Loki S2 E6 dropped today on Disney+hotstar and has already begun creating ripples online. The series has done the Norse God's redemption arc much better than the one on the Sacred Timeline.
The final episode of Loki Season 2 aired today, titled Glorious Purpose, and rightfully so. Season 1 had begun with the same title for its pilot episode, and coming full circle is nothing less than a credit for Loki. The Loki who had been arrested by the TVA in Season 1 has matured over time, centuries if one takes into consideration his time slipping escapades in order to understand theoretical and temporal physics, to finally become a God selflessly trying to save the TVA.
Throughout the final episode, Loki is seen facing impossible questions and equations. No matter the choice he makes or the fine print he diligently studies, he is set to lose from the beginning by He Who Remains. The Temporal Loom is a fail-safe, he later learns, designed only to help the Sacred Timeline survive and infinitely detain multiversal war with other He Who Remains variants.
The solution? Either Loki prevents his variant Sylvie from killing He Who Remains, by any means necessary, or he must risk destruction of every timeline. And in a satisfying change, long due since his self-realization, Loki resists, ignores, twists, fights, and does everything in his power to not be selfish, but a savior.
But it is only after a million failed attempts to fix the Temporal Loom or stop Sylvie, that Loki realizes his folly. He cannot change the outcome without making a morally corrupt decision. But he can change the equation, at the risk of subsuming his freedom and identity for the multiversal population. And he does just that.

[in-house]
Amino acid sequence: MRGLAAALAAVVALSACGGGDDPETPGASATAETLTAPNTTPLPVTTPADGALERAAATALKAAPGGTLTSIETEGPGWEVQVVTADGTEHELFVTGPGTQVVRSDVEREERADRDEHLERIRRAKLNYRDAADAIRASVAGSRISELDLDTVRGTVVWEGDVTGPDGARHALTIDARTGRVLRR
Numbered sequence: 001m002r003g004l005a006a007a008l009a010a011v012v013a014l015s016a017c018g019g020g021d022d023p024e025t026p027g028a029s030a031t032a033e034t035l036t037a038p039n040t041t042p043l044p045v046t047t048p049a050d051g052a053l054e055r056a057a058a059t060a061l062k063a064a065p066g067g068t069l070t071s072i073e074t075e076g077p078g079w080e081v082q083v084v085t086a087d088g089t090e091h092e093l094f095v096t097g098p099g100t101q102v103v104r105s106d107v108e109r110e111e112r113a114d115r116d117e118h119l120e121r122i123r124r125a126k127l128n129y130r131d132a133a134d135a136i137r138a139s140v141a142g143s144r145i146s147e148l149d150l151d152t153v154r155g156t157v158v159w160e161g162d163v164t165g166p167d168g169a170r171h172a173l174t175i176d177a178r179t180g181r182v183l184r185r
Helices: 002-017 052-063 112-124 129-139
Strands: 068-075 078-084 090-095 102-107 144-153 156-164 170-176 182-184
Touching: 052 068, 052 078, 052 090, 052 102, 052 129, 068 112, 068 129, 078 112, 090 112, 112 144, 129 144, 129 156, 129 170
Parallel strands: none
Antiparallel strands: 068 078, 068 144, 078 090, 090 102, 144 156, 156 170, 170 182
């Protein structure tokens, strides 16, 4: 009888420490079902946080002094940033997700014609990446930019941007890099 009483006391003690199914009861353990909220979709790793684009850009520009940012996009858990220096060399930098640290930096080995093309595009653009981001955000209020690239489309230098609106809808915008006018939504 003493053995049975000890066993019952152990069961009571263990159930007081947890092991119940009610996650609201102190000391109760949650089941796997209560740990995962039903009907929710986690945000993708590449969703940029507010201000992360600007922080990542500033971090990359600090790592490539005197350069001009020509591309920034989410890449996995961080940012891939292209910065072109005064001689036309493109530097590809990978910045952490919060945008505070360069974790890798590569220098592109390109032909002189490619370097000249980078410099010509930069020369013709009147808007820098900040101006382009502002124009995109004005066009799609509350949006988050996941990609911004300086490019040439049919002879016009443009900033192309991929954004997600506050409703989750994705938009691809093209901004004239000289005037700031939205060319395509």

Season 2 episode 6 sees Loki finally defeat He Who Remains at his own game, by letting Sylvie kill the tyrannical Time God, and himself choosing to bear the brunt of sorting and managing the Temporal threads. By destroying the Loom, freeing the branched timelines and resurrecting them, Loki ascends from God of Mischief to God of Stories, a crucial character of Marvel from the comic book Loki: Agent of Asgard.
The God of Stories is a highly powerful character who can understand, manipulate, and even rewrite reality, by keeping the “bigger picture” in mind. His knowledge and perception of time, space, and reality elevates him to being worthy of giving up his life and friends. The irony? Loki gets what he has always sought, a throne, when he least expects it.
Instead of hungry glory, it is the fear of losing his friends that Loki has to defeat in order to palate ascension. Instead, he becomes the trunk holding together the Yggdrasil of timelines, he may be alone now, but thanks to the surviving TVA, he is never lonely.